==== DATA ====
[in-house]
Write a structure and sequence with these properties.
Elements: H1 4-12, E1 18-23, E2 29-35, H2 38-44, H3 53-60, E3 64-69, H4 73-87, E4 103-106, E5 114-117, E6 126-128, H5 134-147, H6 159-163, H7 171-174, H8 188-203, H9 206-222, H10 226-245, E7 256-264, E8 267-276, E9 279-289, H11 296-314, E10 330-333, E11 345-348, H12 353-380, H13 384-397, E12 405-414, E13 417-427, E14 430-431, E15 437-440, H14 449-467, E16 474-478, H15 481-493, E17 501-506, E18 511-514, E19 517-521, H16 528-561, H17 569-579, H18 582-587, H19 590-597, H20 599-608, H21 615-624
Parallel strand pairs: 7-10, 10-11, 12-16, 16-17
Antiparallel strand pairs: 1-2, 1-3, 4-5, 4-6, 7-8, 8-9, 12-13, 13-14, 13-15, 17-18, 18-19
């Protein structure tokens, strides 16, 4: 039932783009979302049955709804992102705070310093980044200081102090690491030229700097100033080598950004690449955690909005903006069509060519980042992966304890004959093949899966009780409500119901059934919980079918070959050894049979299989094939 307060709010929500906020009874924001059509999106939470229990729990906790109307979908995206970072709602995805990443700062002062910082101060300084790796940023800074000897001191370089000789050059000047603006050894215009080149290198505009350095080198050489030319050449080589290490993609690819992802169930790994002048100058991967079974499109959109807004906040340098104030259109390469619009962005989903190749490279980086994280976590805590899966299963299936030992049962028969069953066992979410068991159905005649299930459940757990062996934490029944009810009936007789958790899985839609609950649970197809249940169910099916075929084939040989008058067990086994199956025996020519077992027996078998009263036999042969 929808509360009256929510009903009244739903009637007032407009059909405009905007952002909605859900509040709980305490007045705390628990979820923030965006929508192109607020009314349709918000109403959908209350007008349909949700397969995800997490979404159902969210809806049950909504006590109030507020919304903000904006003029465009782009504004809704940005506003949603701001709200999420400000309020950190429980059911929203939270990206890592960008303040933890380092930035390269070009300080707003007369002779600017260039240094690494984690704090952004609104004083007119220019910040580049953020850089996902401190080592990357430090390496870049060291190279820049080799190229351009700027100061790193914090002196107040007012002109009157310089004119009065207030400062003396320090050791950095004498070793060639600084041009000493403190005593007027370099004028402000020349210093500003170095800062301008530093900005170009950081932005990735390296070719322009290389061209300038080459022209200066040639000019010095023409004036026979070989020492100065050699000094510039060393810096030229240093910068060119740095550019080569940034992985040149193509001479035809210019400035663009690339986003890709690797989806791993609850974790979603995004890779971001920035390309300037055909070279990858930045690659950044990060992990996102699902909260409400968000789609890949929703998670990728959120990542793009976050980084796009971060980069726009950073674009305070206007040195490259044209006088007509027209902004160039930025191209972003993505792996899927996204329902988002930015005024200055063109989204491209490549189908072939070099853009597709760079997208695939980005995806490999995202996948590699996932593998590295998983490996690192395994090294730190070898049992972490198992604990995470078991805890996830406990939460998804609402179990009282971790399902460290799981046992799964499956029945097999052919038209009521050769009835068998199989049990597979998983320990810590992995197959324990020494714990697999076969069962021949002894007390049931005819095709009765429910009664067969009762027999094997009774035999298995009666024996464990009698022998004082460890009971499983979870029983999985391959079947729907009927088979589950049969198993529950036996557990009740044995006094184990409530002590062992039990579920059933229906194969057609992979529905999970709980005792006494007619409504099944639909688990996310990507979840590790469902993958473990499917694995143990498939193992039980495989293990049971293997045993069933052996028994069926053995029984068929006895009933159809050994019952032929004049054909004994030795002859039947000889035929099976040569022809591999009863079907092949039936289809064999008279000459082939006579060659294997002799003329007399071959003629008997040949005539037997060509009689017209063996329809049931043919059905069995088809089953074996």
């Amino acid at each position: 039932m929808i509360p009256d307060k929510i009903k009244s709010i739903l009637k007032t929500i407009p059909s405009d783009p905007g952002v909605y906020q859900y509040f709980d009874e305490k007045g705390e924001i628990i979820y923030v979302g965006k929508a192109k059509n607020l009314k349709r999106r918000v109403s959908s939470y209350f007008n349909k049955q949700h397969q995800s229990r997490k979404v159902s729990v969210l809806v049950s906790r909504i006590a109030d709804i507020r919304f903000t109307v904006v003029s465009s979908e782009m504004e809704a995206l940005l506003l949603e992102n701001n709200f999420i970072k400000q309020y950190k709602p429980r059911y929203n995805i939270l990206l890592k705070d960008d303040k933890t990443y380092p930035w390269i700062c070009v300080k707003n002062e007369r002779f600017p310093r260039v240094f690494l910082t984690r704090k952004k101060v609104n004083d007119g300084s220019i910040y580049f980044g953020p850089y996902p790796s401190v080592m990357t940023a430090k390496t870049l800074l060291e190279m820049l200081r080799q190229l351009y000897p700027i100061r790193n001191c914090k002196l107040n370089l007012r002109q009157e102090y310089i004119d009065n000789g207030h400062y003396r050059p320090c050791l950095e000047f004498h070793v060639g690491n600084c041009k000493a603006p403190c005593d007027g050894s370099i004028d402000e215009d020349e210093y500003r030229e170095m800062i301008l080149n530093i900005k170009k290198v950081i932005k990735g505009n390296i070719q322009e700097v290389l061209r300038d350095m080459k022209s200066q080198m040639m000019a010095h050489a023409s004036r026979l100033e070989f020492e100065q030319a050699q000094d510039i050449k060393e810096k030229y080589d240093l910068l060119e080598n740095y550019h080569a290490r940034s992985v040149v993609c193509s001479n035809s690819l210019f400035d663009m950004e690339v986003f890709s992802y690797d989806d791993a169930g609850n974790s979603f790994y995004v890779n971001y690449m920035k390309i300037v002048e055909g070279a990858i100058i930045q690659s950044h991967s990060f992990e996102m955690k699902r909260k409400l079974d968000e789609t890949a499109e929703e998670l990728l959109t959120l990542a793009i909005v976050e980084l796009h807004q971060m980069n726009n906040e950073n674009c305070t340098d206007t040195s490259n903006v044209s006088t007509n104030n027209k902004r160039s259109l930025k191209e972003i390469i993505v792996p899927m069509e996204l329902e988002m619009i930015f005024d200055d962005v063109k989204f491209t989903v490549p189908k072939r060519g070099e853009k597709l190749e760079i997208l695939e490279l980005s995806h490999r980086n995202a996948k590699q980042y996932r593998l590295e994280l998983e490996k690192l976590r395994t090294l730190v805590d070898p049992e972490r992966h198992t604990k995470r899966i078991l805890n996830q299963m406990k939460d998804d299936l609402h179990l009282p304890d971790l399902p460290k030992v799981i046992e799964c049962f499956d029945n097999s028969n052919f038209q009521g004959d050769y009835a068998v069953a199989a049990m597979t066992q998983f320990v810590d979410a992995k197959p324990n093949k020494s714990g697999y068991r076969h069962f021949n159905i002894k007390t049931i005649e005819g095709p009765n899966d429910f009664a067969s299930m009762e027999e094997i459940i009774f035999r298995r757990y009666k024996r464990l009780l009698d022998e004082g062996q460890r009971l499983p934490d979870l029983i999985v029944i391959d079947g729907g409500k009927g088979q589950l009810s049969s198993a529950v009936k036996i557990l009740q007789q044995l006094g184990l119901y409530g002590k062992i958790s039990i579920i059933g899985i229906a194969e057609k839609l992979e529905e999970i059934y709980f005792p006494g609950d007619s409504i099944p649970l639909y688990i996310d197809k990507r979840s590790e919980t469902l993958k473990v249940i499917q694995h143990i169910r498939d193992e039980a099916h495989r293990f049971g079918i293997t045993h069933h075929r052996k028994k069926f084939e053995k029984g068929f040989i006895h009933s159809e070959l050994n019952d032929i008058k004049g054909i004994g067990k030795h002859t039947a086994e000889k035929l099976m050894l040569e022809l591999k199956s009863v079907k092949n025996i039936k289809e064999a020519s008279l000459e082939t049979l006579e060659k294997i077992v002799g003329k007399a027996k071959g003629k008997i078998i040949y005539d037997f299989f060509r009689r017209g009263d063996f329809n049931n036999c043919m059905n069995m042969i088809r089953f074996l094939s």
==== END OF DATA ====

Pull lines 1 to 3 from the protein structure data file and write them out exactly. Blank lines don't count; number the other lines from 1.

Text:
[in-house]
Write a structure and sequence with these properties.
Elements: H1 4-12, E1 18-23, E2 29-35, H2 38-44, H3 53-60, E3 64-69, H4 73-87, E4 103-106, E5 114-117, E6 126-128, H5 134-147, H6 159-163, H7 171-174, H8 188-203, H9 206-222, H10 226-245, E7 256-264, E8 267-276, E9 279-289, H11 296-314, E10 330-333, E11 345-348, H12 353-380, H13 384-397, E12 405-414, E13 417-427, E14 430-431, E15 437-440, H14 449-467, E16 474-478, H15 481-493, E17 501-506, E18 511-514, E19 517-521, H16 528-561, H17 569-579, H18 582-587, H19 590-597, H20 599-608, H21 615-624